Technology | February 27, 2013

Handheld ECG Helps Physicians Identify Risks for Sudden Cardiac Arrest in Young Athletes

Cardea Associates CardeaScreen ECGs Point-of-Care Testing Athletes

February 27, 2013 — Cardea Associates announced the launch of its new electrocardiographic (ECG) device, CardeaScreen. Specifically in-tune with normal conditions for the athletic heart, CardeaScreen is designed for use during pre-participation exams (PPE) for sports participants age 14 and older. This U.S. Food and Drug Administration (FDA)-cleared device helps physicians identify abnormal cardiac conditions that could lead to sudden cardiac arrest — at a much lower cost than other ECG systems currently on the market.

Sudden cardiac arrest is the leading medical cause of death in sports participants — and often is the first symptom of a cardiac condition — but many high schools, colleges and sports teams can not afford an ECG device. Typically, they sell for $3,000 to $10,000; CardeaScreen is priced well below that.

The handheld device wirelessly connects via Bluetooth to analysis software which runs on a standard user supplied Windows-based PC. The software allows physicians to input responses to specific PPE questions developed by the American Heart Association, as well as enter patient demographic information, previous symptoms of cardiac disease and Echocardiographic data when available. And because it is designed with the athlete in mind, CardeaScreen has a significantly lower rate of false positive results — false positives are a problem because they suggest that there is an abnormal heart condition when there is not. Such results are important to minimize since they could result in excluding an athlete from playing and lead to expensive medical evaluations.

“False positive results can have costly and devastating effects on an athlete and their family," says David Hadley, Ph.D., co-founder of Cardea Associates. "We developed CardeaScreen to make heart screening more accurate, accessible and affordable, with the ultimate goal of identifying cardiac conditions early on to help save lives.”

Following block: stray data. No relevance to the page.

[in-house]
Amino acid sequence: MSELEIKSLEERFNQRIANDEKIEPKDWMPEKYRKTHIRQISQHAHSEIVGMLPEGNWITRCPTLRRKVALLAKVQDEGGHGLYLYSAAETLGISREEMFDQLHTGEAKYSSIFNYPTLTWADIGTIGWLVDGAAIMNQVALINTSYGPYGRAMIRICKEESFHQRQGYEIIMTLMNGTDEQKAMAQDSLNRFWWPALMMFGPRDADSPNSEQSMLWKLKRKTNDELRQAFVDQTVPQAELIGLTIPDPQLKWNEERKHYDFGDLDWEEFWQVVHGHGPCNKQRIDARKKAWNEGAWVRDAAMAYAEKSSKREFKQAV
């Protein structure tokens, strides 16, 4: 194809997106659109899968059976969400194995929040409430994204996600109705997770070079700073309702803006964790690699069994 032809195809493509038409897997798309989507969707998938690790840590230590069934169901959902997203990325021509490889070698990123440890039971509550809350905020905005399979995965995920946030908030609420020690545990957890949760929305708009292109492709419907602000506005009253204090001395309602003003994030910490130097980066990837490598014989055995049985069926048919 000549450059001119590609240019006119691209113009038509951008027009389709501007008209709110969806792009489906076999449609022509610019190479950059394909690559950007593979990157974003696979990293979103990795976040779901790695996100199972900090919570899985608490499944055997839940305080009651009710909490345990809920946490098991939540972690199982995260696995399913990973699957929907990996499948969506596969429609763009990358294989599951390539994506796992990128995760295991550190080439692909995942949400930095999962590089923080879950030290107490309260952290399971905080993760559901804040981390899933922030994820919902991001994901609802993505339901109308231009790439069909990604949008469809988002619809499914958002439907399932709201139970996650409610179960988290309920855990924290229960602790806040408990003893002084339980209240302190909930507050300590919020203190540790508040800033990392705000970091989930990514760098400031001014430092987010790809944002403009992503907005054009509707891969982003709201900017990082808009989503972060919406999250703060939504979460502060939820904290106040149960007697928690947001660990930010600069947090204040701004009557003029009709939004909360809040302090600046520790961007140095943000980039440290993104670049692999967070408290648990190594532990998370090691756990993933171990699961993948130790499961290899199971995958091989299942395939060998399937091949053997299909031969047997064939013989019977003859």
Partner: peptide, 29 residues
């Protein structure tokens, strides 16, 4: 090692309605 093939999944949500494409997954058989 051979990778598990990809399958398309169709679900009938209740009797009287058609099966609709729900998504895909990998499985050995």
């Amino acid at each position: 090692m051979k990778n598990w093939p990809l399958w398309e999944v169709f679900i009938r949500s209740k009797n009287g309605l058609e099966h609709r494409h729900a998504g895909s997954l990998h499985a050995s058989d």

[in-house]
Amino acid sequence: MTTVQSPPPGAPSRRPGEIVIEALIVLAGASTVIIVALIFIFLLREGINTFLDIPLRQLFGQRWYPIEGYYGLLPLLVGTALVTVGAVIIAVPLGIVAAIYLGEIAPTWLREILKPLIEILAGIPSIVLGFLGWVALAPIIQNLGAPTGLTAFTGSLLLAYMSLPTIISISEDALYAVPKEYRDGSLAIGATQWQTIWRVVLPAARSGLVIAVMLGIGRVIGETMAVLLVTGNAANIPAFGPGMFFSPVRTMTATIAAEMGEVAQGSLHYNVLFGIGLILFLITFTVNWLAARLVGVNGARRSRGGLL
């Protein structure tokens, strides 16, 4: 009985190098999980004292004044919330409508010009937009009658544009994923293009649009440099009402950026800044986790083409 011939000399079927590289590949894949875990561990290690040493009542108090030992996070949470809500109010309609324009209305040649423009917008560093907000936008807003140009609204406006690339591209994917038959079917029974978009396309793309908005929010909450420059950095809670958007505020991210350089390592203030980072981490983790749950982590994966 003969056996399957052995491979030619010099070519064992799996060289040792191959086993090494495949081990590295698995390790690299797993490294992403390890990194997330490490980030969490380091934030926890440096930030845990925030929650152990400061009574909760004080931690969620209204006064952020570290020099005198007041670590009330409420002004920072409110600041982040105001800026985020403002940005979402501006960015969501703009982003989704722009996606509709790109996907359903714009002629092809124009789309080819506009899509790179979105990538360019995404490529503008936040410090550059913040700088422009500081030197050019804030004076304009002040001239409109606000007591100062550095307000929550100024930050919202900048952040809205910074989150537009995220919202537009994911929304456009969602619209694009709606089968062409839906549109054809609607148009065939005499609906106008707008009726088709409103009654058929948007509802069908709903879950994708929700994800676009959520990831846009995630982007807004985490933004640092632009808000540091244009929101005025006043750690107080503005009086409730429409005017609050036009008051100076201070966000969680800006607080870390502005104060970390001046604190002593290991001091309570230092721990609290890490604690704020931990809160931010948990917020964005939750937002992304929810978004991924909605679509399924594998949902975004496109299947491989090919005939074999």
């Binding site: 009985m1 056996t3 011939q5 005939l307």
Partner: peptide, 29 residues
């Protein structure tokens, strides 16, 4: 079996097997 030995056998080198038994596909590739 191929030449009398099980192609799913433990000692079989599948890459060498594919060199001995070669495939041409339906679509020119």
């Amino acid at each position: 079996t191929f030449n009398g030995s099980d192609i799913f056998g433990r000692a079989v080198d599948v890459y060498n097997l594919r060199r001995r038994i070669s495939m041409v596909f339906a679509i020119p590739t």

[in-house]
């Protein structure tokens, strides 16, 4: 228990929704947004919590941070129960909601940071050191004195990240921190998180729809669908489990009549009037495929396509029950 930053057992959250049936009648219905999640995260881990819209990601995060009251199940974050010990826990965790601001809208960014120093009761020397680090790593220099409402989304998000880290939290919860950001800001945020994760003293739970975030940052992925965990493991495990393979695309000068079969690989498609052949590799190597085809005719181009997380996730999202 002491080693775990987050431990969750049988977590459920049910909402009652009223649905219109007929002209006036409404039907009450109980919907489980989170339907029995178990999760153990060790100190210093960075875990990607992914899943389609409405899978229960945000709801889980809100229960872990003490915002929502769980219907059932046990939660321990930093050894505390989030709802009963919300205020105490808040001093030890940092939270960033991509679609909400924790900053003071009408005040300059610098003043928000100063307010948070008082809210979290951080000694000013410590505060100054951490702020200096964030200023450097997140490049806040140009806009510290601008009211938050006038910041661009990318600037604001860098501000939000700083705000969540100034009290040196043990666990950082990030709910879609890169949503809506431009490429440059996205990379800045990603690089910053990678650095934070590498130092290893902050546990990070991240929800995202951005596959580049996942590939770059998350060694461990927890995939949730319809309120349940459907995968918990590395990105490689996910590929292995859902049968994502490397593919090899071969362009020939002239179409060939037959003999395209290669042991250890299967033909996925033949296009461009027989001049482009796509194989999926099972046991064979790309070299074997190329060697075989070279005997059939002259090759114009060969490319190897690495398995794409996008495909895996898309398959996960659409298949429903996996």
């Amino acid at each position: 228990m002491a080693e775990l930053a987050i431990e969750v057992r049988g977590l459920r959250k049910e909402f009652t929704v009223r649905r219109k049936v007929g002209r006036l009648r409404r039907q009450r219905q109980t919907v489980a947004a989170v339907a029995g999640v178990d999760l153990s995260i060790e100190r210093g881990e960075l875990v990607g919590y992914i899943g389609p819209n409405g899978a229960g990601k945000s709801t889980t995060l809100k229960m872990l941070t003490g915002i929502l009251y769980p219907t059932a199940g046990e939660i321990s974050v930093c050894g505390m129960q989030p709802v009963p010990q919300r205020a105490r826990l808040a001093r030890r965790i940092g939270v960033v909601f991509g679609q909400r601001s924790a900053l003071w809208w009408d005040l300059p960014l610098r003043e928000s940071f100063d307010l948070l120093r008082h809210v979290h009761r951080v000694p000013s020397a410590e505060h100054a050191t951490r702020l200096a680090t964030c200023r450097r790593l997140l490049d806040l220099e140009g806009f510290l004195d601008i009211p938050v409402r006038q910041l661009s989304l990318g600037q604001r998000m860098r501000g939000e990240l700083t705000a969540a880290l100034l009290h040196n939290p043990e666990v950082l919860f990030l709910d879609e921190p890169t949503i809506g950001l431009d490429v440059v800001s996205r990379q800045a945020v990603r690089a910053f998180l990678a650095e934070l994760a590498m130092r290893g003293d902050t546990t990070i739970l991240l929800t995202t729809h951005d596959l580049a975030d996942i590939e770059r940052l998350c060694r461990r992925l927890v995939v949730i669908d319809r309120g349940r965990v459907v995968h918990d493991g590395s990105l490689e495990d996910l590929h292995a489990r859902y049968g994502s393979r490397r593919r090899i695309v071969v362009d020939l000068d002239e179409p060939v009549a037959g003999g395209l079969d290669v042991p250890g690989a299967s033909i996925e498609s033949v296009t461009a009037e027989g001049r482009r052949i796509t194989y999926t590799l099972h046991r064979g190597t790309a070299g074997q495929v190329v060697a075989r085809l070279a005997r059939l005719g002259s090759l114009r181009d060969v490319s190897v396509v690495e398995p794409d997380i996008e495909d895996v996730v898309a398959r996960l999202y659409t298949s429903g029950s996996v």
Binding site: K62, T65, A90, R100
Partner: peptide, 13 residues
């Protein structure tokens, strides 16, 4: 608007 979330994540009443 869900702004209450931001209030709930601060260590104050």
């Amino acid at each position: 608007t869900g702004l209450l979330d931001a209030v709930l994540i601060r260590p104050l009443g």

CardeaScreen produces accurate, comprehensive results using quality data; the ECG transmitter digitizes at 1000 Hz and a resolution of 1 ?Volt. The real-time recording screen continuously displays all ECG trace data that will be analyzed, helping the clinician correct patient motion and other noise that can degrade ECG quality. The single click of a button stops the recording and automatically analyzes the ECG, providing diagnostic recommendations for review by the physician.

The device implements recent diagnostic criteria developed in association with doctors at Stanford University, the University of Washington and other leading heart experts.

"Research, clinical trials, and published results are the foundation of the work we do," says Victor Froelicher, M.D., Cardea Associates co-founder, professor of medicine at Stanford University and cardiologist to Stanford University athletes. "In addition to bringing CardeaScreen to market, we continue to support further research into sudden cardiac arrest. We want to understand the root causes that lead to sudden death so that we can help physicians prevent it."

For more information: www.cardeascreen.com 

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